Results Top

There were a total of 16 patients: Seven females and nine males. The mean age was 46.9 years.

The mean number of biopsies taken was four.

The mean tissue biopsy size was 2.0 mm with a range of 1-5 mm.

[Table 1] shows the distribution of the histological diagnosis with a majority being inadequate for diagnosis and 25% showing carcinoma.
Table 1: Histological diagnosis

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[Table 2] shows the frequency distribution of the histological diagnosis of the lung cancers with squamous cell carcinoma being the predominant histological type.
Table 2: Histology of the lung tumour

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[Table 3] shows the indications for the bronchoscopy and biopsy, with suspicious lesions on chest radiograph and unremitting cough being the commonest indications.
Table 3: Indication for bronchoscopy

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[Table 4] shows the accuracy of the biopsy specimen compared with the overall final diagnosis in these patients. The majority of the patients were bronchogenic carcinoma with pulmonary tuberculosis a close second.
Table 4: The biopsy accuracy

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   Discussion Top

The indication for biopsy was a combination of clinical symptoms and signs together with lesions seen on chest X-ray. This coincides with the approved guidelines by the British Thoracic Society (BTS) as bronchoscopy is an important tool for resolving the diagnostic problem. [5] Lung tumour was an important differential in all the patients in the study. Biopsy, in these instances, provides tissue specimens for histological diagnosis. [5],[6] Lesions found on chest radiographs formed the main reason for referral for bronchoscopy. This is important as patients tend to present with non specific symptoms. Bronchoscopy, therefore, helps to resolve the diagnosis. [1],[2],[3]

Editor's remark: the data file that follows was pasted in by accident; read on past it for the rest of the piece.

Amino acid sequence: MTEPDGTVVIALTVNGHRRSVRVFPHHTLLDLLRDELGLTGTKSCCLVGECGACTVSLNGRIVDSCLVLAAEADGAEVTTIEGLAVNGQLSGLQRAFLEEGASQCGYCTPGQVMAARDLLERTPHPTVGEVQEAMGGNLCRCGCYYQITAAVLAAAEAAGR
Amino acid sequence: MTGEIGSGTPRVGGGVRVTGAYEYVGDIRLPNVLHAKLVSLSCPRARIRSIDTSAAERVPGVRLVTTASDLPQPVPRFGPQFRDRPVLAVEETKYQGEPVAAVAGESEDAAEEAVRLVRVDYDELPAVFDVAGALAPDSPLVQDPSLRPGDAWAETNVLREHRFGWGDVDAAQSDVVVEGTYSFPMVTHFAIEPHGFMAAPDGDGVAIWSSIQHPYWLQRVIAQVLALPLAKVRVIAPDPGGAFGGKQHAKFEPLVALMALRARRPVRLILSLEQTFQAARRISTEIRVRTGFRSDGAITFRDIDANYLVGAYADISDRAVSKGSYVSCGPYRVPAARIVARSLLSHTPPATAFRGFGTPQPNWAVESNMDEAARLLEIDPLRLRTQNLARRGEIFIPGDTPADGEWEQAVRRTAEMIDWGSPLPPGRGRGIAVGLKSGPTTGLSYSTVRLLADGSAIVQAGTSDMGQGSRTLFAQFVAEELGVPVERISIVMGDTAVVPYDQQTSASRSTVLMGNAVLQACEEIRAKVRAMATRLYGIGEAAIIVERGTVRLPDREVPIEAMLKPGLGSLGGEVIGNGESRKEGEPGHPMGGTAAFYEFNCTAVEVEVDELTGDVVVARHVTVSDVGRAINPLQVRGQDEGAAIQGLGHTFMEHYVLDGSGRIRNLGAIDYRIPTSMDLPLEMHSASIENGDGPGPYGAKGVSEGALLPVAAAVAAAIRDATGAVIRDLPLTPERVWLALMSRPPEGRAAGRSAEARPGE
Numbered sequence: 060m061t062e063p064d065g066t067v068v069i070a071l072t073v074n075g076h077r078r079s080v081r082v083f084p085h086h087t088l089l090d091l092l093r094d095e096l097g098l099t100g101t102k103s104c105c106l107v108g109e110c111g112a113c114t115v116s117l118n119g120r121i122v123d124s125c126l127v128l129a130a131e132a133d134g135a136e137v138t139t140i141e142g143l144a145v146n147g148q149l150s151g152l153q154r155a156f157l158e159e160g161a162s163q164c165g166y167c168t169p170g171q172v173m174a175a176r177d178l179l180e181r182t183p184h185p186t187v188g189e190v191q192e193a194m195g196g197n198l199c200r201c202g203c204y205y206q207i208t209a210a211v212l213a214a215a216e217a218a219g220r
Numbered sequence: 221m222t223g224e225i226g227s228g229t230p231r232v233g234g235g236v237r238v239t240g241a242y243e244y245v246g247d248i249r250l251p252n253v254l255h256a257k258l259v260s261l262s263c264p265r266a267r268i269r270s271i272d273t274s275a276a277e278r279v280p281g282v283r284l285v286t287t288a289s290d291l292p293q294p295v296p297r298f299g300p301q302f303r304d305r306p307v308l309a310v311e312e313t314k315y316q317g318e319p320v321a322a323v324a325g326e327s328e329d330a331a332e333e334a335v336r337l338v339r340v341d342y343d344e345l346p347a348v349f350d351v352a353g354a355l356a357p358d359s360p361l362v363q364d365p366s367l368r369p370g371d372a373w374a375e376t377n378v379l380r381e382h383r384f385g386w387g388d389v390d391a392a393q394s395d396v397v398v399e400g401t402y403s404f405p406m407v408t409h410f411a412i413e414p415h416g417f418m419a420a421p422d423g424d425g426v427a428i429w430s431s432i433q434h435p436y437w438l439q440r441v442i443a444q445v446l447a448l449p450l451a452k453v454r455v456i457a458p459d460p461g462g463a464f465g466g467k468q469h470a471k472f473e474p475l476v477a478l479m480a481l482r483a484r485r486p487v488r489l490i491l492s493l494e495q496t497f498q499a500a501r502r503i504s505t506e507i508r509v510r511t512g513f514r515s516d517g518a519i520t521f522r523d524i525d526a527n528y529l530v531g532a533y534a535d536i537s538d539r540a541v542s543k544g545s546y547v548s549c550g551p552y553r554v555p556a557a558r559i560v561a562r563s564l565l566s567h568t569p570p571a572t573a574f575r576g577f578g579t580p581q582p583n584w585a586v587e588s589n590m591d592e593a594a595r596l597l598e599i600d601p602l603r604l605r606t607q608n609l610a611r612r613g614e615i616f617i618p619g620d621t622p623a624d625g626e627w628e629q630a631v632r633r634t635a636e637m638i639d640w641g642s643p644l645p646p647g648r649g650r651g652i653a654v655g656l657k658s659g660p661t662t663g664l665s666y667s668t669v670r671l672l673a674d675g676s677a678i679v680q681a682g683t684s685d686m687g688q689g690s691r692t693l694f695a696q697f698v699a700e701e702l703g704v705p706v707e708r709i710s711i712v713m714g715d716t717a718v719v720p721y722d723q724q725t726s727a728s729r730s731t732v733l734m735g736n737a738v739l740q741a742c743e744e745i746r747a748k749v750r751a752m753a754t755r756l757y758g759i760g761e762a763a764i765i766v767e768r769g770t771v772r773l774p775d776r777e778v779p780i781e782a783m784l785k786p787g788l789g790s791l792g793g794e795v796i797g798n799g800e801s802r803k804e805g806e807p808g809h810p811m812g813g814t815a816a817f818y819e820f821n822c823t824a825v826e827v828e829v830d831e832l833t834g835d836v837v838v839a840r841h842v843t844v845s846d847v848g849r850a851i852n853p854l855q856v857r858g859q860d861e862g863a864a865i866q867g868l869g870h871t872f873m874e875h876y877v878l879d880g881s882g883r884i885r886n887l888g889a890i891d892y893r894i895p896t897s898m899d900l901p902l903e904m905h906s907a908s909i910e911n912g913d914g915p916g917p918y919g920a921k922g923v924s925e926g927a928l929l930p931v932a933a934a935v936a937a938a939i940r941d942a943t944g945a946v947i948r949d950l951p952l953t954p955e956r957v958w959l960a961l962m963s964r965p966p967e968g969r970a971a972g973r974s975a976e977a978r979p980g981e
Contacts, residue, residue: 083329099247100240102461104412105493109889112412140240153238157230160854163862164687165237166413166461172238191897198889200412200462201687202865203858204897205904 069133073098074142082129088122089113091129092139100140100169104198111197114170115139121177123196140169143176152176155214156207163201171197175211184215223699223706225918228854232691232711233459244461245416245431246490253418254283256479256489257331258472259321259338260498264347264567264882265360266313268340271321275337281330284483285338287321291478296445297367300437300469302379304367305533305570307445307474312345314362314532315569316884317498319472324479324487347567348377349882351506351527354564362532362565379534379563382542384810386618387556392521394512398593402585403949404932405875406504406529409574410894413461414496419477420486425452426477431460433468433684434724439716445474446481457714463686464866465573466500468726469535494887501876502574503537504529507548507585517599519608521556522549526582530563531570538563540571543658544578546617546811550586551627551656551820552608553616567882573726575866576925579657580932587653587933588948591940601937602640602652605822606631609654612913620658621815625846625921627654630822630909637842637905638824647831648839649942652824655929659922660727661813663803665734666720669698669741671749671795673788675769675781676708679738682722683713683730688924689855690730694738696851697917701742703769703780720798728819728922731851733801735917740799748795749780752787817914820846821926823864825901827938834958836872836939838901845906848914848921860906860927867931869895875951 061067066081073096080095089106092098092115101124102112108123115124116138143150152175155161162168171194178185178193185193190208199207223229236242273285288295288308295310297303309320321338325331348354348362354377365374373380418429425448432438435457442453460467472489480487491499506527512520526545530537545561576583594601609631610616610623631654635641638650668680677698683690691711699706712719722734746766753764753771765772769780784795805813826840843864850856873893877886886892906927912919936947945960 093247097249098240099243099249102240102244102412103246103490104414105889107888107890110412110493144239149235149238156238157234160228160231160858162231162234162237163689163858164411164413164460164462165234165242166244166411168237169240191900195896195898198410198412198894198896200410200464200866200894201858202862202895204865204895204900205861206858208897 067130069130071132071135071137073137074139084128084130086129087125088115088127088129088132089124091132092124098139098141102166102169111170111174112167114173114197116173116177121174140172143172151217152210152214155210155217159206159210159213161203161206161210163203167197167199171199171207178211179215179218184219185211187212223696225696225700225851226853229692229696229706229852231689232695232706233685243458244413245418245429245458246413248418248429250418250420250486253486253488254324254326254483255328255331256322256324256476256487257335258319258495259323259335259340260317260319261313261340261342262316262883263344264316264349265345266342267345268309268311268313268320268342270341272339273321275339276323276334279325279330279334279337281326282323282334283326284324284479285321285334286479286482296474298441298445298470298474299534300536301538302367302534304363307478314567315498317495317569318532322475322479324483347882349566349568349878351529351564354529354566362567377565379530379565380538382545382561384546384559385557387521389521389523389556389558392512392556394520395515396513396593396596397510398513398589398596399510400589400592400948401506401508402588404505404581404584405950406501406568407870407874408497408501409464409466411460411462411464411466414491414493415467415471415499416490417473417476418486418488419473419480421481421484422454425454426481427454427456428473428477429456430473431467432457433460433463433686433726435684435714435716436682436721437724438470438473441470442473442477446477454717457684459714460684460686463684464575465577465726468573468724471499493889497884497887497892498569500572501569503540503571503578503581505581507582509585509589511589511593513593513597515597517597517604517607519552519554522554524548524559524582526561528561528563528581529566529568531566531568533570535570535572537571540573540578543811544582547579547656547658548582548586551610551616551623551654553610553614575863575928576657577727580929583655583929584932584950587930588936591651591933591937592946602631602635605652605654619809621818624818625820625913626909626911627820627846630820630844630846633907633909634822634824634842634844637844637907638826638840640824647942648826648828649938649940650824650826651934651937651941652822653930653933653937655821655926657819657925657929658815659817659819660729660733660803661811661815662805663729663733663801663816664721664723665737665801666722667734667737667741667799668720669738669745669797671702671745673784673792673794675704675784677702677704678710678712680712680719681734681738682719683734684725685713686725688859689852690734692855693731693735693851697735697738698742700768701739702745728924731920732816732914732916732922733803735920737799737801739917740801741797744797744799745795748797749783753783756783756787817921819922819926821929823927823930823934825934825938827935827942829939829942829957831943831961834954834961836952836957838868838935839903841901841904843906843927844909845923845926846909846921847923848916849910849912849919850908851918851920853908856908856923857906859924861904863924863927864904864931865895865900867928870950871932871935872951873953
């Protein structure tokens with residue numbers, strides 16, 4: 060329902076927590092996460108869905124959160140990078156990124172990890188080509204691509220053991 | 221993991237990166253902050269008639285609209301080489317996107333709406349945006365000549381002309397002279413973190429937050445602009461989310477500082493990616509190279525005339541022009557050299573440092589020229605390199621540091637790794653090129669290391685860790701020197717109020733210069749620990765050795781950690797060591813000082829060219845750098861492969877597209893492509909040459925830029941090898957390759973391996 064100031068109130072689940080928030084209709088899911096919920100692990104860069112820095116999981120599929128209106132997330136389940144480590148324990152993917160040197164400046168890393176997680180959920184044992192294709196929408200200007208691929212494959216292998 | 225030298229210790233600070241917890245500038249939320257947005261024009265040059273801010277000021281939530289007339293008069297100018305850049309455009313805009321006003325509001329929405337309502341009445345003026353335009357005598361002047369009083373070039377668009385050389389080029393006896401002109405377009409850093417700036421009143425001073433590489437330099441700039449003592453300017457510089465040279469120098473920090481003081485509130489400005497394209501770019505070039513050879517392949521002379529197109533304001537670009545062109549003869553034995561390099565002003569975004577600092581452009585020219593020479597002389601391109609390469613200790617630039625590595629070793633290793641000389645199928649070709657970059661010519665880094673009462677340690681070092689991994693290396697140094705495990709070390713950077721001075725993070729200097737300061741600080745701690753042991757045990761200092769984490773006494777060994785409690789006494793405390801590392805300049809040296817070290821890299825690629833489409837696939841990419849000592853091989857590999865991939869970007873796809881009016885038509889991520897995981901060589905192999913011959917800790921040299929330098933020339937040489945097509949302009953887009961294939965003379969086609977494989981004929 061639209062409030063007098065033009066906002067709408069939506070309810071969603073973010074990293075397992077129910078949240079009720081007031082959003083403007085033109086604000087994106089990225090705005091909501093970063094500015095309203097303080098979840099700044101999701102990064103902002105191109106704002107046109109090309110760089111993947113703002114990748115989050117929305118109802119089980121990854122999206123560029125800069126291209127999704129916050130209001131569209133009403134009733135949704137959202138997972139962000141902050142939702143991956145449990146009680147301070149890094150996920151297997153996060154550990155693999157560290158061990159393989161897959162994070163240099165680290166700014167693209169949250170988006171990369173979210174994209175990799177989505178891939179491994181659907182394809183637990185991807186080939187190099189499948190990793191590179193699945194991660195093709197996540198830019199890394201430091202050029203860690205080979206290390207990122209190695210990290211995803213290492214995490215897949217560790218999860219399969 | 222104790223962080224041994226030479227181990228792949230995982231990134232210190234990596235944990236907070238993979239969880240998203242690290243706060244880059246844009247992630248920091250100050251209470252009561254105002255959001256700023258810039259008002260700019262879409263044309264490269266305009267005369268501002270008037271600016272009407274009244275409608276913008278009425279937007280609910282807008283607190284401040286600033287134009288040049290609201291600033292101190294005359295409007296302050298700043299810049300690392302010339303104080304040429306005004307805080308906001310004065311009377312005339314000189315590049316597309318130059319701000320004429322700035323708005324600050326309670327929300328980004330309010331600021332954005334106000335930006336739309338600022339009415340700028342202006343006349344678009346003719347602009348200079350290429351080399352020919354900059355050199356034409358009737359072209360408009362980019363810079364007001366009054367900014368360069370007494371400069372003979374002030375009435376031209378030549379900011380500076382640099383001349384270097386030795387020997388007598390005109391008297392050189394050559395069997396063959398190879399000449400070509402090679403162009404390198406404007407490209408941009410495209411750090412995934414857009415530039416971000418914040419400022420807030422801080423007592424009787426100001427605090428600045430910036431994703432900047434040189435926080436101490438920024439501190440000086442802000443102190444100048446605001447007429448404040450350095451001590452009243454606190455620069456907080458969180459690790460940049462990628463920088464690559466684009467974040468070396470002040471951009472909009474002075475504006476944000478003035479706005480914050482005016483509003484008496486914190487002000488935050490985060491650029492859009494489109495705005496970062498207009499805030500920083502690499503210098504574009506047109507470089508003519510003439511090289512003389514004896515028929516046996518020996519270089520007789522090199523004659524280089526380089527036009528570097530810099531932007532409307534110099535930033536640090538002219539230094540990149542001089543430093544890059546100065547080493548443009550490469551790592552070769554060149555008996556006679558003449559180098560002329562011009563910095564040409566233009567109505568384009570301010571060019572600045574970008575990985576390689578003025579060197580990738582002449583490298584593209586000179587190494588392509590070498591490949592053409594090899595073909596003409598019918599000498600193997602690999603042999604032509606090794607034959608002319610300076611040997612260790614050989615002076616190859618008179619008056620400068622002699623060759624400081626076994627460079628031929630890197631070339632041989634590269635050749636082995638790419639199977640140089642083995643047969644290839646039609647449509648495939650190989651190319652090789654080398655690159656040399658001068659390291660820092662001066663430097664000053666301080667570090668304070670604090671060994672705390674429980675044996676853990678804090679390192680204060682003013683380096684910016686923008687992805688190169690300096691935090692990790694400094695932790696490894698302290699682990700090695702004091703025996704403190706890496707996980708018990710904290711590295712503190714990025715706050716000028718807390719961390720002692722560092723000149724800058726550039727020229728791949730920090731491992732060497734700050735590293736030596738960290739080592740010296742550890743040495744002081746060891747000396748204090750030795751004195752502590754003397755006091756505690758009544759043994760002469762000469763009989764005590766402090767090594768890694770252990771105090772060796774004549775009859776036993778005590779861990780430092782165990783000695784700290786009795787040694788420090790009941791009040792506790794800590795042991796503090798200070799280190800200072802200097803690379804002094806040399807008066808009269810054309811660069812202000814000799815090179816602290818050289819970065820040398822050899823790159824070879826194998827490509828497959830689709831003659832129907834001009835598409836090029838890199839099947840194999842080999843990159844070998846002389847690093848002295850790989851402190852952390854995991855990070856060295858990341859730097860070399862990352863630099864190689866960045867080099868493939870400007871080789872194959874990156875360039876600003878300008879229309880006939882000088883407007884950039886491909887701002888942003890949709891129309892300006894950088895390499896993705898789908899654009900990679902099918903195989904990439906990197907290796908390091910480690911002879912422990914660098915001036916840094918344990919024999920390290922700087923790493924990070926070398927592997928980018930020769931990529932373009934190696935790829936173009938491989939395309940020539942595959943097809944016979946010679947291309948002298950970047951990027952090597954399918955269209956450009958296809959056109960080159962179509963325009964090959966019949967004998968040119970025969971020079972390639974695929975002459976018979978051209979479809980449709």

Biopsy sizes showed a similarity with tissue sizes obtained from other studies. [4],[7],[8] Tissue histology results were adequate for histological diagnosis only in eight patients. In only one case was the tissue returned as normal. Other investigations including percutaneous biopsy and open lung biopsy with sputum cytology were employed in all patients to increase diagnostic accuracy. [8],[9],[10]

The indications in this study highlight the importance of the biopsy specimen for obtaining diagnosis and directing the course of treatment. The finding of 50% usefulness in this study was low compared to work done in other centres. [7] This may be due to the tissue handling of small specimens and possibly presence of unrepresentative tissues in the specimen collected. Possibly the small sizes were pivotal in the result. Other workers have demonstrated the improved usefulness of cryobiopsies. [4],[10]

Multiple biopsies is the rule, at least five being adjudged the best for obtaining adequate tissue with probability of appropriate tissue diagnosis. [2]